Parting Company

Dealer: West
N-S vulnerable

North
S A Q 7 5 2
H K 5 4
D A K 10 3
C Q
West
S 8
H 10 2
D J 7 2
C A K 10 8 7 6 5
East
S K J
H A J 9 6
D Q 9 8 6 5
C 4 2
South
S 10 9 6 4 3
H Q 8 7 3
D 4
C J 9 3
West North East South
C Dbl Pass S
Pass S All Pass
Opening Lead: C K

Some players might admit that the best part of their game is being dummy. But it’s the worst part for Cy the Cynic. He expects all his partners to goof.When Cy was North in a penny game, West led a diamond at the second trick. South won, ruffed a diamond and led a trump to the queen. East took the king and returned a diamond. South threw a heart, won in dummy and drew trumps, He led a heart to his queen, but East got two heart tricks. The result was down one, and the Cynic was frustrated and showed it.

“A fool and my money are soon parted,” Cy grumbled.


NO FINESSE

At the third trick, South does best to take the ace of trumps. A finesse against West, who preempted, is not a favorite. South next cashes the second high diamond, ruffs a diamond, ruffs a club in dummy and ruffs a diamond.South then ruffs his last club in dummy. If East doesn’t overruff, South exits with a trump, and East must lead a heart, letting South lose only one heart and only three tricks in all.DAILY QUESTION 
You hold:
S8
H10 2
DJ 7 2
CA K 10 8 7 6 5
. With both sides vulnerable, you open three clubs. The next player bids three spades, your partner doubles and the player at your right passes. What do you say?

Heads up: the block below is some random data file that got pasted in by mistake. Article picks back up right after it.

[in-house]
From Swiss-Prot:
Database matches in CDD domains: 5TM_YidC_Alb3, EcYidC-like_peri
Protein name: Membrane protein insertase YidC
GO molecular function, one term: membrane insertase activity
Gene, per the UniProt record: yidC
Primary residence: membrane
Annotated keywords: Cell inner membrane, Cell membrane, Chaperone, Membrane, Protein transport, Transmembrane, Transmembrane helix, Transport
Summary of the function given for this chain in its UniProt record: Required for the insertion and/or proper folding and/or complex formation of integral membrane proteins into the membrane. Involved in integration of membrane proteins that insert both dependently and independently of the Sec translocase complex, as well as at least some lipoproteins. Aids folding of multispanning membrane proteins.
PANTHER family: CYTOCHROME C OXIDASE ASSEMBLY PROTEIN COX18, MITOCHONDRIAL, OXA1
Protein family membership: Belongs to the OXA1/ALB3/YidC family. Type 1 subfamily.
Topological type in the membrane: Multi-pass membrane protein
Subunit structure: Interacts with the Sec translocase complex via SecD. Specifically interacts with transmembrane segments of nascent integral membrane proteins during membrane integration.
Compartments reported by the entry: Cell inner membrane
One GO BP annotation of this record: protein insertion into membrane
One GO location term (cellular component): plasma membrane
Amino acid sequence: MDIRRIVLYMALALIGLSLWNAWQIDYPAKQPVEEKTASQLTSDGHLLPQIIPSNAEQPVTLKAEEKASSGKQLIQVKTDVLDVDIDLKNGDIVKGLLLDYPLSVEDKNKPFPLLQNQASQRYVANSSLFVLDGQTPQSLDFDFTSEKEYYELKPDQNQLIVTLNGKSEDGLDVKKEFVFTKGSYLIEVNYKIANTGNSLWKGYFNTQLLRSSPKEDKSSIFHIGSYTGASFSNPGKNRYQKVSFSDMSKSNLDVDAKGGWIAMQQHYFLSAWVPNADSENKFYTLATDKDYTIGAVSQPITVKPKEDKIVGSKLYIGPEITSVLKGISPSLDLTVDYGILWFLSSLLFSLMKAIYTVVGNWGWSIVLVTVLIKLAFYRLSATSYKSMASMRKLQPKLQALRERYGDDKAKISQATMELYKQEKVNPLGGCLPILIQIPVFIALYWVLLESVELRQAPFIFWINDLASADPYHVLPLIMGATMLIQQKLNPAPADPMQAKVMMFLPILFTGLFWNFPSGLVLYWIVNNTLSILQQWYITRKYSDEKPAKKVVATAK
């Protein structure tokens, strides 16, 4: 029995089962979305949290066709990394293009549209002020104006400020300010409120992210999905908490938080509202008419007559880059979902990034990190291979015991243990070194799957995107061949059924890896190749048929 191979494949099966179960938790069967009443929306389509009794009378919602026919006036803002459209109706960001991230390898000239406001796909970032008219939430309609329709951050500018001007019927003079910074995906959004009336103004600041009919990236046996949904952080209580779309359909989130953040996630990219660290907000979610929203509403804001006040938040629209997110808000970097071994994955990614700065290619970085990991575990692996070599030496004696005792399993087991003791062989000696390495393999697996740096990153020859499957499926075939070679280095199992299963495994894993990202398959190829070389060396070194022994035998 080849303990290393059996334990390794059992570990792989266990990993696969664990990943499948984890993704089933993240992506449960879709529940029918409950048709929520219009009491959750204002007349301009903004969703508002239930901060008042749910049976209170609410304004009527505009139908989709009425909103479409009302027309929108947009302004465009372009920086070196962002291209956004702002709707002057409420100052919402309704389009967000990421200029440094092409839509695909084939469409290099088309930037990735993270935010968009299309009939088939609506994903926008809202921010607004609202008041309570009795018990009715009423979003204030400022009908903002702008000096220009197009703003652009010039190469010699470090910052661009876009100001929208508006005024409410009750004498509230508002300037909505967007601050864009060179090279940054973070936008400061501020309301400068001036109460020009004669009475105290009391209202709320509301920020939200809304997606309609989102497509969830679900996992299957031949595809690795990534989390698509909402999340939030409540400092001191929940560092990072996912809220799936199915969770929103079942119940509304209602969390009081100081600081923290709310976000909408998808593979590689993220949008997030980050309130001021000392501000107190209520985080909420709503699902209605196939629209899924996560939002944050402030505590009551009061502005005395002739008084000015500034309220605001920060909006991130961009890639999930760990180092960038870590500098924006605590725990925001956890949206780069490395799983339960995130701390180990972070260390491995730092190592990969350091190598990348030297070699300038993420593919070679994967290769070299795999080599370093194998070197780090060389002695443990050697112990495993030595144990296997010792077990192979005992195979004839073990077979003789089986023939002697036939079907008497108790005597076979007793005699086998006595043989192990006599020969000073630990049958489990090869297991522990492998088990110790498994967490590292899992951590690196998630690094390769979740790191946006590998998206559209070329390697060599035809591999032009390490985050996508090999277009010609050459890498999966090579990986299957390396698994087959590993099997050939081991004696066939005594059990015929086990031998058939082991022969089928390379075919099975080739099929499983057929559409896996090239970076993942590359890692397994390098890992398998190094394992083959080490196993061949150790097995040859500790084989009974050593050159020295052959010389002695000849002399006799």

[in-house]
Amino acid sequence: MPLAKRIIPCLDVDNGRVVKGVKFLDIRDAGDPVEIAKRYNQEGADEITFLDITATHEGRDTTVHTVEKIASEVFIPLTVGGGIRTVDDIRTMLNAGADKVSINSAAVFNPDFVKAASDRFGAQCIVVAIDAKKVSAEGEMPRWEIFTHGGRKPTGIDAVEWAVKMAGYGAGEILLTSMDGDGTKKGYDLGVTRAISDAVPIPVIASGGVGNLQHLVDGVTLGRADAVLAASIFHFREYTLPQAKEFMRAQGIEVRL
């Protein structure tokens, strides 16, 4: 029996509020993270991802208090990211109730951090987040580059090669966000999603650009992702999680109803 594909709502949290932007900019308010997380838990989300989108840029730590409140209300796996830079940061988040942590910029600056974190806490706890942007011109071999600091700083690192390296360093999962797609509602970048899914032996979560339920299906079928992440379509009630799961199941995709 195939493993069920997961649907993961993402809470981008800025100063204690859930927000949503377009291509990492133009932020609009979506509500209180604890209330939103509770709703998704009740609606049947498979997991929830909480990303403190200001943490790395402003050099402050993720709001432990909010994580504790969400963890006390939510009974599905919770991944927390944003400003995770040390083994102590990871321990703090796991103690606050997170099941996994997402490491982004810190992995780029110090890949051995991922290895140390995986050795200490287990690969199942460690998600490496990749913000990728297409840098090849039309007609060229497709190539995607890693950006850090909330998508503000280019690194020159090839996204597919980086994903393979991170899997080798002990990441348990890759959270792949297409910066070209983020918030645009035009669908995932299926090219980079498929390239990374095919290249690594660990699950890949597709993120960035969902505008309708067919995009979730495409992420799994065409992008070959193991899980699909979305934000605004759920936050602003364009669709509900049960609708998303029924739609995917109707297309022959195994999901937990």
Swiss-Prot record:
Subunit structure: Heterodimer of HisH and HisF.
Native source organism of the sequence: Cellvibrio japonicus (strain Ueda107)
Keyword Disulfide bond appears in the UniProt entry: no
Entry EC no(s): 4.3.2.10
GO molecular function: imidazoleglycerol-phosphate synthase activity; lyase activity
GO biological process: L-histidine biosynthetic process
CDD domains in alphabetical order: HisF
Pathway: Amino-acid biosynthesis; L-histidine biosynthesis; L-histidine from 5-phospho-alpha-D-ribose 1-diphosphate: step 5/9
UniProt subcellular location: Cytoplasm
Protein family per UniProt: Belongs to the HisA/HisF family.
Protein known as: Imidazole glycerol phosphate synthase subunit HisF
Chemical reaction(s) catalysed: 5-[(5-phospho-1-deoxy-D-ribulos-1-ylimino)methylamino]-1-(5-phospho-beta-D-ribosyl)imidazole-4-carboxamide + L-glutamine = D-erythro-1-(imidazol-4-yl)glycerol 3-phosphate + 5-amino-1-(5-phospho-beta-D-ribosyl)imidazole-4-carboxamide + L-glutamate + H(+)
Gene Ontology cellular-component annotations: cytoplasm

ANSWER 
Partner’s double is for penalty. He promises to beat three spades, and though your preempt promised no sure defensive tricks, you have the A-K of your suit. Pass and expect a big profit. To run to four clubs would be a breach of partnership trust.

Copyright © 2015, Tribune Media Services

About the Author:

Frank Stewart is one of the world’s most prolific bridge journalists. He won many tournament events before devoting himself to writing. Frank has published hundreds of magazine and on-line articles. He has written 24 books, among them “Becoming an Expert,” “Play Bridge With Me,” “Who Has the Queen?” and most recently “Keys to Winning Bridge.” In 2014, Frank Stewart received the International Bridge Press Association’s Alan Truscott Award. He has been the senior analyst for ACBL-wide Charity and International Fund events since 1980. Frank and his wife, Charlotte, a pediatric speech pathologist, live in Fayette AL. They have a 17-year-old daughter.

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